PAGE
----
These and other objects have herein been attained by applying to the metallic shim, which typically is a low cost, easily oxidizable ferrous metal, a protective first coating comprising conductive material having high resistance to oxidation and corrosion, or a material whose corrosion products are conductive. Thereafter, a second coating of active electrode material,
for example, lead dioxide, is applied onto said first coating, the active material being interspersed in a thermosetting resin. The first coating may consist of particles of conductive material interspersed in a thermosetting resin, the quantity of particulate conductive material being present in an amount sufficient to create a series of electrically conductive paths through which current can be passed from the metallic shim to the electrolyte solution.
The thermosetting resin in the first layer then acts not only to prevent corrosive contact of the metal substrate with the battery acid electrolyte, but also minimizes contact of the conductive metal in the first layer with the corrosive acid.
The active material in the second layer can be lead dioxide, or it can be another metallic oxide, halide, hydride, or sulfide having two or more valence states.
BRIEF DESCRIPTION OF THE DRAWINGS FIG. 1 is a schematic drawing of a metal shim having a first layer of an electrically conductive material in a thermosetting resin matrix, and a second layer of an active material, e.g., lead dioxide, in a thermosetting matrix.
FIG. 2 is a graph showing the relationship of voltage to time when a lead dioxide electrode of this invention is placed under a load of 240 ma./sq. in. in a fluoroboric acid solution together with a free lead electrode.
DETAILED DESCRIPTION OF THE INVENTION According to the present invention, an electrode is formed by applying a plurality of coatings to a metal shim wherein the first coating comprises a quantity of particulate conductive material interspersed in a thermosetting resin and wherein the second coating comprises a layer of an active material in an amount sufficient to react with a suitable electrolyte in an electrolytic cell.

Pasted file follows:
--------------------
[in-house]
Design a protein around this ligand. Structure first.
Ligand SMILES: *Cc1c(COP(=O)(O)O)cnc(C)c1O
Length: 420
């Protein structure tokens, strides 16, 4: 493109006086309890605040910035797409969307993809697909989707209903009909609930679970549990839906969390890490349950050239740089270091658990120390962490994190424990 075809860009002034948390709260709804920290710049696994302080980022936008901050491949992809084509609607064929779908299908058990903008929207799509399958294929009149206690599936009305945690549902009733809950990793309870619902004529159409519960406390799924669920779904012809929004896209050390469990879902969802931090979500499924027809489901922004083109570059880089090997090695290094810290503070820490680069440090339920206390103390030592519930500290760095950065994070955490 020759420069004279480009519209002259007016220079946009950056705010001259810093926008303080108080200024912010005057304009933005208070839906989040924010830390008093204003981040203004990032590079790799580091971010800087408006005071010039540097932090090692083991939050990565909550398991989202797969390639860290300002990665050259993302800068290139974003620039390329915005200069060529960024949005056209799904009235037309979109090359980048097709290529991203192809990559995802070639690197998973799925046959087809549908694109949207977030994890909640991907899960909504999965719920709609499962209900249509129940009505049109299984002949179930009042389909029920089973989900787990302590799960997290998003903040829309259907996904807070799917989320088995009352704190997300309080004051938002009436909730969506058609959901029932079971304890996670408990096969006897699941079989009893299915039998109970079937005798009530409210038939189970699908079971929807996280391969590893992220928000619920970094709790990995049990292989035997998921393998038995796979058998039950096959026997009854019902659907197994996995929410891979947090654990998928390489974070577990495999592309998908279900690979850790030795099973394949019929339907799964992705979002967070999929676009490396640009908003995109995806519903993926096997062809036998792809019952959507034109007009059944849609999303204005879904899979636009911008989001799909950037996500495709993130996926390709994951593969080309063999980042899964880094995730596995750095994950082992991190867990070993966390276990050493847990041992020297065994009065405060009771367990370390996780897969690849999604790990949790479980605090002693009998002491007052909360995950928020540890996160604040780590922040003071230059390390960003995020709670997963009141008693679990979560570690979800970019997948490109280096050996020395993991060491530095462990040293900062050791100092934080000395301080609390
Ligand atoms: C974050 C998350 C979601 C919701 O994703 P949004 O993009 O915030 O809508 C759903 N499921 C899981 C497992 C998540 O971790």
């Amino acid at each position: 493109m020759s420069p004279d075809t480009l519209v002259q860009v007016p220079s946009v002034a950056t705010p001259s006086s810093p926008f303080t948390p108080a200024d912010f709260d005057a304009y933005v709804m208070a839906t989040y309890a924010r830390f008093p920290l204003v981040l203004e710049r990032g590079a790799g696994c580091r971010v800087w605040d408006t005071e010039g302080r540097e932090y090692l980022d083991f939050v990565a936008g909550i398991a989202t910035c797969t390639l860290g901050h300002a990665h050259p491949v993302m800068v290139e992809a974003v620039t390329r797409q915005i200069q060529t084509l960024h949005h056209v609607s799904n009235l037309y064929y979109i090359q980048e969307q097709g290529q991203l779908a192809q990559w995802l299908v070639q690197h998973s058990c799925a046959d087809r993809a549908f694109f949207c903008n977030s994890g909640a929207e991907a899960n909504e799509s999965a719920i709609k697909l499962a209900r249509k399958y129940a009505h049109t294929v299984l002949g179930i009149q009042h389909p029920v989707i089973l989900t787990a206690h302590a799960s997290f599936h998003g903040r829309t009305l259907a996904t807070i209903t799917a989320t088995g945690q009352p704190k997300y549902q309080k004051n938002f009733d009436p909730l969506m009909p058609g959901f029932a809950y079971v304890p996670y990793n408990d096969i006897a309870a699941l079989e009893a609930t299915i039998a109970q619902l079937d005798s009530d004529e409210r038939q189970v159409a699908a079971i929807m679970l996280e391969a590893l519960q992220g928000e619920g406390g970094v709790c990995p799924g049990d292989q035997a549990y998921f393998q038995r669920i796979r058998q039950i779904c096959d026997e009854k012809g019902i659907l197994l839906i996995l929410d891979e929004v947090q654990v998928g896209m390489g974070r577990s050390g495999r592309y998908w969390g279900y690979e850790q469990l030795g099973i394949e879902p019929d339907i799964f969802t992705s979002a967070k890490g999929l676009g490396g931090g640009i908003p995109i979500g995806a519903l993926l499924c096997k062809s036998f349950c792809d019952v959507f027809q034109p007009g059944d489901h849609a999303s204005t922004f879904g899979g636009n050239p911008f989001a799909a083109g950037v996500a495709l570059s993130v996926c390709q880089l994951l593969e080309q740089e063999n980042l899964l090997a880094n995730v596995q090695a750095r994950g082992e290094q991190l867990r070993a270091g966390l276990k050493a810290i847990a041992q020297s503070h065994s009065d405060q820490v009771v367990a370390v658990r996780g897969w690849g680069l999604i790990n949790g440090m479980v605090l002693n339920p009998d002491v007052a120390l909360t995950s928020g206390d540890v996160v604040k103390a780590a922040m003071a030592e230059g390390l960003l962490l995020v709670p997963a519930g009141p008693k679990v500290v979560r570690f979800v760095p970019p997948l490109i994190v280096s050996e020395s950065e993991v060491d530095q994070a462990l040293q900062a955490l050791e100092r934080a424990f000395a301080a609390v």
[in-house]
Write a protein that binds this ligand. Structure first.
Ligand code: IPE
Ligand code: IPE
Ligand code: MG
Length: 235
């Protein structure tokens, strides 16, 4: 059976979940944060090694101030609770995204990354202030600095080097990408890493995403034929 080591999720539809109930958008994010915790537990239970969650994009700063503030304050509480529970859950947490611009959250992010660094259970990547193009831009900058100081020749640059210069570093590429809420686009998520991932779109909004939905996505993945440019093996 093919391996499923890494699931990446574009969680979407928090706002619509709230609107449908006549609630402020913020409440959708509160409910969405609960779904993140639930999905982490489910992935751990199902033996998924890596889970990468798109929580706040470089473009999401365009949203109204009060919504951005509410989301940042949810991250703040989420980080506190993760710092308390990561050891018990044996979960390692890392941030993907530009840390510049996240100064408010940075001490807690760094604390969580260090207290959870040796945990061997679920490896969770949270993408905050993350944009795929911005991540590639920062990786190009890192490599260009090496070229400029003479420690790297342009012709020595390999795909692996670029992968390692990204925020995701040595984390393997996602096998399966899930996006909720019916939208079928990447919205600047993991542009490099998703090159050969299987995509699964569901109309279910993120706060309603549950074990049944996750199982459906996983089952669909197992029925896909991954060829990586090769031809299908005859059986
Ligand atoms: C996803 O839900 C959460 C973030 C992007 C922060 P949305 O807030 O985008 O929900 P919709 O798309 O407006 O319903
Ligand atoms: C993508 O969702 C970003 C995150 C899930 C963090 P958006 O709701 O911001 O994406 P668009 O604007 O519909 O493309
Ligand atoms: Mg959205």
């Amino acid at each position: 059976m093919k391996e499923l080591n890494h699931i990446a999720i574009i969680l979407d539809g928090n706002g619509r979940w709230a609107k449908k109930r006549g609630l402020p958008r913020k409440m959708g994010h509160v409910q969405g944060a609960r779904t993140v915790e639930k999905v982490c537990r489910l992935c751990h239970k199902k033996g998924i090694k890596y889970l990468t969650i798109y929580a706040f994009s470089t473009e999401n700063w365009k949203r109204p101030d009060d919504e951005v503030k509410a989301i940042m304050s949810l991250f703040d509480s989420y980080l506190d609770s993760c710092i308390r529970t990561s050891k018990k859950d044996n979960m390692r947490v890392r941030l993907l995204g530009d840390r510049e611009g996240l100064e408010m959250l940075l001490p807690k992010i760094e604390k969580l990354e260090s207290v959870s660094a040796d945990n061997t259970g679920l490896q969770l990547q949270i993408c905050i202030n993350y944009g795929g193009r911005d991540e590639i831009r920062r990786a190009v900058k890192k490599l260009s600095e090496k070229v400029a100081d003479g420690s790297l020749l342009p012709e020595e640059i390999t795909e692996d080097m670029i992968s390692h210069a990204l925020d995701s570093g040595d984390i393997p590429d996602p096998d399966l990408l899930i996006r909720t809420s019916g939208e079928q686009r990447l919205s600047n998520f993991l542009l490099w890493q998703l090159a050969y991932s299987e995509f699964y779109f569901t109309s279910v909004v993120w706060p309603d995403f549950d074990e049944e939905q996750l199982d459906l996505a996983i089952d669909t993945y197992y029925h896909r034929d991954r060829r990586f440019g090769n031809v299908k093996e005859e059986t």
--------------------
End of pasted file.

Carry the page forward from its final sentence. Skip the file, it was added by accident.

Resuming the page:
THE CONDUCTIVE COATING The problem of interfacial electrical resistance, which has plagued the prior art in attempting to use resinous coatings of lead dioxide, has now been avoided by using a conductive thermosetting resin coating which is applied to the metallic shim prior to the lead dioxide coating. This coating contains a sufficient quantity of conductive material so that a series of electrically conductive paths are created between the upper and lower surfaces of the coating which allows the free flow of electrons through the coating without substantial resistance.
The cured thermosetting resin in this layer acts not only to protect a portion of the conductive particles in the coating from coming into immediate contact with the acid-electrolyte, but also prevents the lead dioxide in the succeeding layer from contacting and oxidizing the underlying metallic substrate.
In forming the conductive particulate-resin layer, it is convenient to add the conductive particles to the uncured resin, coat the uncured resin-conductive particle mixture onto the base, and thereafter cure the resin so as to fonn a highly tenacious bond between the resin and the base. While good electrical results are obtainable in using conductive metallic flakes, such as the noble metals, including silver, gold, platinum, rubidium and the like, equally good results have been obtained when using particles of such nonmetallic but conductive materials as carbon and graphite. Silver has been found to be quite acceptable, although it is very easily oxidizable, because its oxide is highly conductive and will not create any significant interfacial resistance. 0n the other hand, materials such as gold are acceptable because they have only a slight tendency to oxidize and are good electrical conductors. Surprisingly, in view of their greater resistance, it has been found that carbon and graphite particles are suitable for present purposes and are capable of performing about as well as silver, although a greater weight percent of carbon must be used. Since carbon is cheaper than the noble metals, and is not affected by oxidation when contacted with such strong oxidizing electrolytes as fluoroboric acid, it is considered to be the preferred material for this invention.
Alternatively, a suitable conductive layer may be applied by electroplating a thin film of a conductive metal, e.g., silver, onto the metal support body. A layer of silver as thin as 0.000010 to 0.000020 inch was found to be adequate. A minimum thickness is preferred for minimum cost.
Any one of a large variety of thermosetting resin systems can be used as a binder for the conductive particle-resin layer. Resins suitable for the present purposes include the polyurethane resins, the silicone resins, the synthetic rubbers and elastomers, such as polybutadiene rubber or polyisobutylene, the polyester resins, which are reaction products of polycarboxylic acids, and polyhydric alcohols, the epoxy resins, such as the reaction products of epichlorohydrin and Bisphenol-A, and the epoxy resins which are flexibilized with polysulfide rubber, polyurethane or polyamide curing agents, such as those which are capable of curing at moderate to room temperatures.